I’ve also had a client family whereby the daughter was now 68 and her two delinquent/younger brothers were in the mid 60’s. Back in 1981 their father died suddenly leaving the estate in shambles. It was her leadership that kept the sizeable farm together over the years. But because the father never named her as CEO and her gender, it was two decades of daily bickering and lost opportunities.
It’s not the Parent’s fault for being chauvinistic. It’s a cultural norm which is over for 2,000 years old and it’s going to take generations to change. Even farming mothers who advocate women’s lib sometimes catch themselves falling into the trap of chauvinistic paradigms.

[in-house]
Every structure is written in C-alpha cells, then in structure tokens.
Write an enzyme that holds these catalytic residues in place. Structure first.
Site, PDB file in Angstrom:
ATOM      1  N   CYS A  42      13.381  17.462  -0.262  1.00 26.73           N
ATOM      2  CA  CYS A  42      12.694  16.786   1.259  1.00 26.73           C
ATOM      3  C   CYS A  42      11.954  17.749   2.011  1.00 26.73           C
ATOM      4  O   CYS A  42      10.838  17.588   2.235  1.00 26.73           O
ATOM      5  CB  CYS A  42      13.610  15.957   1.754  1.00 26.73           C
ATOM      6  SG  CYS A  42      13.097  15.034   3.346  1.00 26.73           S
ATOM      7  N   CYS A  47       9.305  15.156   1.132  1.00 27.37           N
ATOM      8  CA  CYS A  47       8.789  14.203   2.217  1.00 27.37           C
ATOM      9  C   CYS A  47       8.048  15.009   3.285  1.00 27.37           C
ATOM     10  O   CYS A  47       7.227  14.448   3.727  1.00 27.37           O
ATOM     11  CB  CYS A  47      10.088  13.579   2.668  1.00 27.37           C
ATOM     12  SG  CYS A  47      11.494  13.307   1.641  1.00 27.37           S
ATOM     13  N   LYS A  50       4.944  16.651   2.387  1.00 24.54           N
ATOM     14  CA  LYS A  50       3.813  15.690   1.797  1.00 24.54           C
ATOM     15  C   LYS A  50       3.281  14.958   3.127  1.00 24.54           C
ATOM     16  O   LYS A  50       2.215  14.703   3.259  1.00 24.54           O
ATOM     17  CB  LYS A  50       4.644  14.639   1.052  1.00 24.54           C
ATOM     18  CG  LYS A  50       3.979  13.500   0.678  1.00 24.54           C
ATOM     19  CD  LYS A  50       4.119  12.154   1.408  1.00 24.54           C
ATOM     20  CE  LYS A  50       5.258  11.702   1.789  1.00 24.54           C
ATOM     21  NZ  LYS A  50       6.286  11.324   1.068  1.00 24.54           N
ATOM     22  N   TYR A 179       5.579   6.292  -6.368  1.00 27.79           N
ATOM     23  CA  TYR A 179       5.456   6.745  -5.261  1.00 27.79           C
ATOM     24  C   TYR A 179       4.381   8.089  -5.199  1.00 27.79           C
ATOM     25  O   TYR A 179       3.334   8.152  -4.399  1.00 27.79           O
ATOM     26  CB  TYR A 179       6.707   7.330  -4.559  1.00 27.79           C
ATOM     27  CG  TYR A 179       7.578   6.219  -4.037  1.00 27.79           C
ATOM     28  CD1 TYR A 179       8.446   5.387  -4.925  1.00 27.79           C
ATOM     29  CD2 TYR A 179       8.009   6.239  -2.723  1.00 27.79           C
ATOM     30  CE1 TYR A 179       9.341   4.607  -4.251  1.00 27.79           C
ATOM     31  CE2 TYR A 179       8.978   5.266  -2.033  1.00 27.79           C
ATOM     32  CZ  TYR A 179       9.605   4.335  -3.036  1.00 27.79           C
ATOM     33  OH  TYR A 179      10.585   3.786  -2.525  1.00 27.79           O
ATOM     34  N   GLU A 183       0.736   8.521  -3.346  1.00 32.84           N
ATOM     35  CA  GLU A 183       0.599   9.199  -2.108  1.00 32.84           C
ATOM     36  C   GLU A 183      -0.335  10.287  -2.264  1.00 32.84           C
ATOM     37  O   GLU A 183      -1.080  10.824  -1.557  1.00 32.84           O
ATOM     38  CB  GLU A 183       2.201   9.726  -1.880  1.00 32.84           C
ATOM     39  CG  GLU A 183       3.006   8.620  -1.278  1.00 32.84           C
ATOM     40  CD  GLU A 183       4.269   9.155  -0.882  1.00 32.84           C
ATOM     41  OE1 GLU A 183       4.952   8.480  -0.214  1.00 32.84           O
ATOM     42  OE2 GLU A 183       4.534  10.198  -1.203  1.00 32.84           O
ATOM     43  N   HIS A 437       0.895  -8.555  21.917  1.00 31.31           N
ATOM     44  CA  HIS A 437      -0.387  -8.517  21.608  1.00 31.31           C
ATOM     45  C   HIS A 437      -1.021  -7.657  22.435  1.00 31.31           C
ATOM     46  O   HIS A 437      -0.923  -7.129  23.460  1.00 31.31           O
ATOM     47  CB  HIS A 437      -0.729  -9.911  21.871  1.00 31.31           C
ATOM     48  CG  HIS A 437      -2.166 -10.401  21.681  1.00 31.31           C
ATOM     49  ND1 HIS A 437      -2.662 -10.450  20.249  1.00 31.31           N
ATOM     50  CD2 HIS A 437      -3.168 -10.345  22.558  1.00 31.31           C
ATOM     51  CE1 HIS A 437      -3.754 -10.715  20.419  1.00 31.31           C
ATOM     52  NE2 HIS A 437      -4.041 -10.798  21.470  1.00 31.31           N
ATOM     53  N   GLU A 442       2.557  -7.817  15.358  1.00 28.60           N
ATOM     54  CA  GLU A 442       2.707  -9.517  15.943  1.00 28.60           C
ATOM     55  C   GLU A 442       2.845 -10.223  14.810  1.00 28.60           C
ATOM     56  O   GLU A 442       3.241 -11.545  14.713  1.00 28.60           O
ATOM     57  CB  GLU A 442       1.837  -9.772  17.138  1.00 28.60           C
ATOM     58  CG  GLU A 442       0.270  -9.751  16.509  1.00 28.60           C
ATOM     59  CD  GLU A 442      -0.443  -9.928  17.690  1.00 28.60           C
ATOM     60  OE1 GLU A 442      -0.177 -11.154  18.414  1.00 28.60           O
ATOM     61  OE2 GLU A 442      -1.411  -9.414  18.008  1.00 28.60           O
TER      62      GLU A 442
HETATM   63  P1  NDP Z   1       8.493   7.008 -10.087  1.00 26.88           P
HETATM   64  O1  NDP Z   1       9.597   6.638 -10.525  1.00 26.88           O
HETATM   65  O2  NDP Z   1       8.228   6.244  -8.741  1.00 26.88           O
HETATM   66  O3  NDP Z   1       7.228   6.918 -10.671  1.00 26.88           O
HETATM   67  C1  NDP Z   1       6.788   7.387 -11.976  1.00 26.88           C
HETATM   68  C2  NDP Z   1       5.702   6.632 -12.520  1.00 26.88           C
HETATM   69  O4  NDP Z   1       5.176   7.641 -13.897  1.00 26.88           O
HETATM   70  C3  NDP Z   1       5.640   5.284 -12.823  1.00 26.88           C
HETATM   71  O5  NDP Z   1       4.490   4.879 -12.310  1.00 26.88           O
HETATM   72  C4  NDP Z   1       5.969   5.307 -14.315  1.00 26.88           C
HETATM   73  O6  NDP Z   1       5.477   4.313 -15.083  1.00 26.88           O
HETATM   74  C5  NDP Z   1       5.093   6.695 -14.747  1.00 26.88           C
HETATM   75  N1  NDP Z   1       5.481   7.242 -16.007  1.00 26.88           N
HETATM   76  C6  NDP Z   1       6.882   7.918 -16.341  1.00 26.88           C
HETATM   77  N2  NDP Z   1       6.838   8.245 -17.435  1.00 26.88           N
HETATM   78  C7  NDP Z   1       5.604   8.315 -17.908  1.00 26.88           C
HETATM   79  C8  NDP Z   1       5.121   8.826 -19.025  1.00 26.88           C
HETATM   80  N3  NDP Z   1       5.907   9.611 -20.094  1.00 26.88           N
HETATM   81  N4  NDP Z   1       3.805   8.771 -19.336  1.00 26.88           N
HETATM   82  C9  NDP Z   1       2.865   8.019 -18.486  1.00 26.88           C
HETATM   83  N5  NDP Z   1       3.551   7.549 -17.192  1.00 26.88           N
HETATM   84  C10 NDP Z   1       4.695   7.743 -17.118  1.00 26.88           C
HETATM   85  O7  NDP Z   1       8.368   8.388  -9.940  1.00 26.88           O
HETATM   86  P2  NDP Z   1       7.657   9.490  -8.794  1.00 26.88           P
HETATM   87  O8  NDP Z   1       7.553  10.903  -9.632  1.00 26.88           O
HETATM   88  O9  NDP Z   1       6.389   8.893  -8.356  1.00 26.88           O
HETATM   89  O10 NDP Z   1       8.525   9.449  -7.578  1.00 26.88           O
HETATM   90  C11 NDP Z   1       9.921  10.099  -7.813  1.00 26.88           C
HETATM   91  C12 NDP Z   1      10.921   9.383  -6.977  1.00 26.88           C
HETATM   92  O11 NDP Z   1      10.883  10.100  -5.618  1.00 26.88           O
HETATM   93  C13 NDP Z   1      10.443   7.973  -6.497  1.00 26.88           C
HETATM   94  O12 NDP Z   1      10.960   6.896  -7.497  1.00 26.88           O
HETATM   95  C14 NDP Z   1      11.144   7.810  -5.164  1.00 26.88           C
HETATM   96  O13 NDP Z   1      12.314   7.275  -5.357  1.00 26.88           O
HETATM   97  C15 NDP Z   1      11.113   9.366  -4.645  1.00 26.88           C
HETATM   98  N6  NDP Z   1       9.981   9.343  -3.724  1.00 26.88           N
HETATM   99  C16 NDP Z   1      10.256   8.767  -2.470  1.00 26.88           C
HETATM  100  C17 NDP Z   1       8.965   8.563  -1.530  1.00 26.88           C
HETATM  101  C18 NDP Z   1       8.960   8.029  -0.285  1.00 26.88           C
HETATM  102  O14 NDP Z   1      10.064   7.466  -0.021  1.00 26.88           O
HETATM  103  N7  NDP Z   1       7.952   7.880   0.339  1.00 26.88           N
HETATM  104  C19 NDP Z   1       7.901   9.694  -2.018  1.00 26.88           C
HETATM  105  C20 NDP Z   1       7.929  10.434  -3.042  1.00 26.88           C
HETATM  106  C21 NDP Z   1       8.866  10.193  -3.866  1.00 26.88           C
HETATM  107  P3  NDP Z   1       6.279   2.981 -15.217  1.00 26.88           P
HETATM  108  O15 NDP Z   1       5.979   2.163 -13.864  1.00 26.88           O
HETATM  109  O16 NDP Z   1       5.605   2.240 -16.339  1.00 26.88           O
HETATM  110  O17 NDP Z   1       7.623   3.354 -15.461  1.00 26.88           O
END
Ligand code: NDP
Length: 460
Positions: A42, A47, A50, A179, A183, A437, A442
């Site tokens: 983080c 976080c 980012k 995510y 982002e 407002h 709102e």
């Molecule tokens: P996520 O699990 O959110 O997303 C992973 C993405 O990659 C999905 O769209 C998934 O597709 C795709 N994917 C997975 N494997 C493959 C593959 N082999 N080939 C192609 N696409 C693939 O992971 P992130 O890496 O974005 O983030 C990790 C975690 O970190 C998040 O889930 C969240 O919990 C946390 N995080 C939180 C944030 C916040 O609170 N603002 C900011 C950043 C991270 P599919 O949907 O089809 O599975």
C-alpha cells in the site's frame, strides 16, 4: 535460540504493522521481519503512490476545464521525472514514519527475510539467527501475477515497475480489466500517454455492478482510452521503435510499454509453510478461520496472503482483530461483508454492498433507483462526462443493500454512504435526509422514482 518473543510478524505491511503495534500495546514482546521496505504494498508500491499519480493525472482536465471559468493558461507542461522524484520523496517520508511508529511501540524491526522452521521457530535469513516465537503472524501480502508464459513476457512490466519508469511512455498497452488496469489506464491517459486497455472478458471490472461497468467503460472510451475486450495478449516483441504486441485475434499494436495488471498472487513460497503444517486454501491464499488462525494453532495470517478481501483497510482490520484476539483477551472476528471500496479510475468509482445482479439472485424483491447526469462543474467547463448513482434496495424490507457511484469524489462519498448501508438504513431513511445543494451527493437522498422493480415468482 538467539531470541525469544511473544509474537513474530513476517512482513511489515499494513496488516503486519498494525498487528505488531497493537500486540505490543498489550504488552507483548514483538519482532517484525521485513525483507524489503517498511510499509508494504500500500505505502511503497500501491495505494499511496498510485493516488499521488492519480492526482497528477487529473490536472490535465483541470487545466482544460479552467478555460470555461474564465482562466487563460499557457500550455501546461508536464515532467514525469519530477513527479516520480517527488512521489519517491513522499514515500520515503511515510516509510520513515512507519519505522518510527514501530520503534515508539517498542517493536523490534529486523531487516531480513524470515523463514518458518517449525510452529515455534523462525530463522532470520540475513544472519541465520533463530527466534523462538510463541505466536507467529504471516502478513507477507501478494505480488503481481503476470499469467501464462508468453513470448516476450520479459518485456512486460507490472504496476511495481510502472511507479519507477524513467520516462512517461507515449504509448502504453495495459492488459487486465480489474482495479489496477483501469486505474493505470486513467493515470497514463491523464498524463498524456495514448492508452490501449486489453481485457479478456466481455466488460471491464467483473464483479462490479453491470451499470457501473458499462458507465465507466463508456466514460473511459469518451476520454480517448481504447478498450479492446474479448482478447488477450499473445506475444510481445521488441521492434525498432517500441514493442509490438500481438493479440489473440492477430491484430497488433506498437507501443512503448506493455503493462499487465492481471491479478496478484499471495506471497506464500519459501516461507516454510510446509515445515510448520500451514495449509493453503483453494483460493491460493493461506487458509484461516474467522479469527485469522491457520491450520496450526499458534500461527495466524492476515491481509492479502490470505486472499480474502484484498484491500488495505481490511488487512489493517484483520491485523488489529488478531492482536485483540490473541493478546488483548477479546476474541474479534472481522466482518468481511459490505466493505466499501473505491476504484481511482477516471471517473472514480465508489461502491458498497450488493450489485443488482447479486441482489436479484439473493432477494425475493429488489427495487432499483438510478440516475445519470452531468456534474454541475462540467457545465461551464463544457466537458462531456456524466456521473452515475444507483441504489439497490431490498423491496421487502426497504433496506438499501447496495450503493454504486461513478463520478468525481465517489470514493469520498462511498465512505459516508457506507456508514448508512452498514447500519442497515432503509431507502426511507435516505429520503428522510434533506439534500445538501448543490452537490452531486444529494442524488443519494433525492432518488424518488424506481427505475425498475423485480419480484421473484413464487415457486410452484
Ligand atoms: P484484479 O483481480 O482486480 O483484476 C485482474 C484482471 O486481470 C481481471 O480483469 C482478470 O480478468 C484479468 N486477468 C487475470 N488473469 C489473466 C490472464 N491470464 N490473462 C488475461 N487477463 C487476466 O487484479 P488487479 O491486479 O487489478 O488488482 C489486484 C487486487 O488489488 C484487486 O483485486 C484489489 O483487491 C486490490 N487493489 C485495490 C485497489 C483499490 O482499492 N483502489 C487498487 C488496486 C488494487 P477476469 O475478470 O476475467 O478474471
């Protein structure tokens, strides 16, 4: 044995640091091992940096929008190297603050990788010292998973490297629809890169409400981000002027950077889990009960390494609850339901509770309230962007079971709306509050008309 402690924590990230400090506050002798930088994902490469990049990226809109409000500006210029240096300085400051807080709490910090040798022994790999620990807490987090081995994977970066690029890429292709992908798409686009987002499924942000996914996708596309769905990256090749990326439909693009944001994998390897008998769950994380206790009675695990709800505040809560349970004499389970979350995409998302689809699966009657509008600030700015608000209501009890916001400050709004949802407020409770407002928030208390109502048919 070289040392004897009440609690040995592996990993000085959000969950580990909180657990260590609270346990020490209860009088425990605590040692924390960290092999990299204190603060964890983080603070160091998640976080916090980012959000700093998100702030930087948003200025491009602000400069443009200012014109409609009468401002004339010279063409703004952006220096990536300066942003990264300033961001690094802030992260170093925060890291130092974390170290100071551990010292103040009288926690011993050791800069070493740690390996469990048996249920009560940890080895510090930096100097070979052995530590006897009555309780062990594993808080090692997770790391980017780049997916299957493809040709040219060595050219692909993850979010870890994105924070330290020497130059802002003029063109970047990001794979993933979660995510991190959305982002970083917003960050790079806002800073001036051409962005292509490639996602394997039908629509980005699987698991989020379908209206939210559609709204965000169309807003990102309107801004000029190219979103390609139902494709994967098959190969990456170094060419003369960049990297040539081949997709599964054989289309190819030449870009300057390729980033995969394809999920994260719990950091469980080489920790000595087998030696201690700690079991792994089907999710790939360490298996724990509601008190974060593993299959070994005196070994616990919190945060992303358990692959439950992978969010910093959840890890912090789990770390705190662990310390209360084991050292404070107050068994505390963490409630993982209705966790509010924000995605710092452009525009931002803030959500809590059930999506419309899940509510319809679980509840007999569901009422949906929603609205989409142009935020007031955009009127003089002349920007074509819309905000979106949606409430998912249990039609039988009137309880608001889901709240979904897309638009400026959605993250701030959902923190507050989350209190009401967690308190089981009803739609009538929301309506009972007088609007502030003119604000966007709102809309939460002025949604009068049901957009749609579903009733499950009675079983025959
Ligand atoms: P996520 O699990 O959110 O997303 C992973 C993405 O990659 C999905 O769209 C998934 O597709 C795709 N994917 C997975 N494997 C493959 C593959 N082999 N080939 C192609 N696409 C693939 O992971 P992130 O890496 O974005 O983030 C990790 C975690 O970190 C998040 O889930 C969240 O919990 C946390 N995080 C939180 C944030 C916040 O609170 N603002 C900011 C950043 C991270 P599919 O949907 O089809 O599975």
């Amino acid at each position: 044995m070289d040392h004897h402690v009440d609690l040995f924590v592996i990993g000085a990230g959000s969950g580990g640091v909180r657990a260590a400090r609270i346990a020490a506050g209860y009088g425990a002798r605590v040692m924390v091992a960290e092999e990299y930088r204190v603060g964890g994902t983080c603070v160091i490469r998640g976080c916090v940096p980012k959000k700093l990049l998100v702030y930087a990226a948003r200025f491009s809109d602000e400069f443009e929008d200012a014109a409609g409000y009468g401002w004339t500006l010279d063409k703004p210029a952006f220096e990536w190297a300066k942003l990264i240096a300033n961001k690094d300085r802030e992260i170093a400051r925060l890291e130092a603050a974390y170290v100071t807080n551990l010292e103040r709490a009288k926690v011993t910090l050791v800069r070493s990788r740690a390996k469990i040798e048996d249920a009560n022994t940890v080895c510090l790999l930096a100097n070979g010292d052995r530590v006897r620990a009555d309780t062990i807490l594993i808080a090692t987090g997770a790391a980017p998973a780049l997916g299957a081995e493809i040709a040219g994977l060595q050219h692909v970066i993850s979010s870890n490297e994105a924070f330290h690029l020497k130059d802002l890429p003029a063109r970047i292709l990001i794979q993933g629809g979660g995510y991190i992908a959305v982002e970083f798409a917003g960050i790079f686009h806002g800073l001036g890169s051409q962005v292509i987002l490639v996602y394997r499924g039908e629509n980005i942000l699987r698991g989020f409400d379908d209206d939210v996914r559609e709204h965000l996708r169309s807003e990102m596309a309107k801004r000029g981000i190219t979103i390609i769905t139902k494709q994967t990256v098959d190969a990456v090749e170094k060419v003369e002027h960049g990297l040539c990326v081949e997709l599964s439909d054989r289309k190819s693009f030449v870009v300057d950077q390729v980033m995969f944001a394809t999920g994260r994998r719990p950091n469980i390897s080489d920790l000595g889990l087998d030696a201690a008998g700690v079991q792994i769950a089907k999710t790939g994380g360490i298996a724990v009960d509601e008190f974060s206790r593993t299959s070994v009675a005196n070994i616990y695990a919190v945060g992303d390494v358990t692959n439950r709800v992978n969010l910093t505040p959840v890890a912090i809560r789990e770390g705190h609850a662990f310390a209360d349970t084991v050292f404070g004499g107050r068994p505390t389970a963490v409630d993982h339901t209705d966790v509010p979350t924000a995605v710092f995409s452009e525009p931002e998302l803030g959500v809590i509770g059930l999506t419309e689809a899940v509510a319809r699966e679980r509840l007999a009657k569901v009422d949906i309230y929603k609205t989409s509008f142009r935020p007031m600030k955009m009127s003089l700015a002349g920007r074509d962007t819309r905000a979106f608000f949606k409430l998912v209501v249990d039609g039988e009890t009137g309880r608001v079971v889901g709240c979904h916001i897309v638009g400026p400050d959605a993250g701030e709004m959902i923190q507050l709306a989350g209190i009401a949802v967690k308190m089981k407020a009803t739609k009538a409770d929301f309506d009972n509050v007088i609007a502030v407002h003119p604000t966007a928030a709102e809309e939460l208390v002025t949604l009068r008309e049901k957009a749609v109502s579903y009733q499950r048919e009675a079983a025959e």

The way to fix this issue on your farm today, is to change the decision culture. Family decision-making has to evolve to becomes a group process where the daughters are included as an equal partners. You have got to start having monthly meetings with all of the key family members where the business issues are discussed openly. No more, Dad discussing strategies one on one with the kids, with the Daughter being the last to know.
If you are a female and serious about being a farmer you need to be at the table when decisions are made. You need to be integrated into the business as a decision maker, not just as a shareholder. By doing so, over the long term you’ll be regarded as a real decision maker.
You’ll be regarded as a partner, not the princess!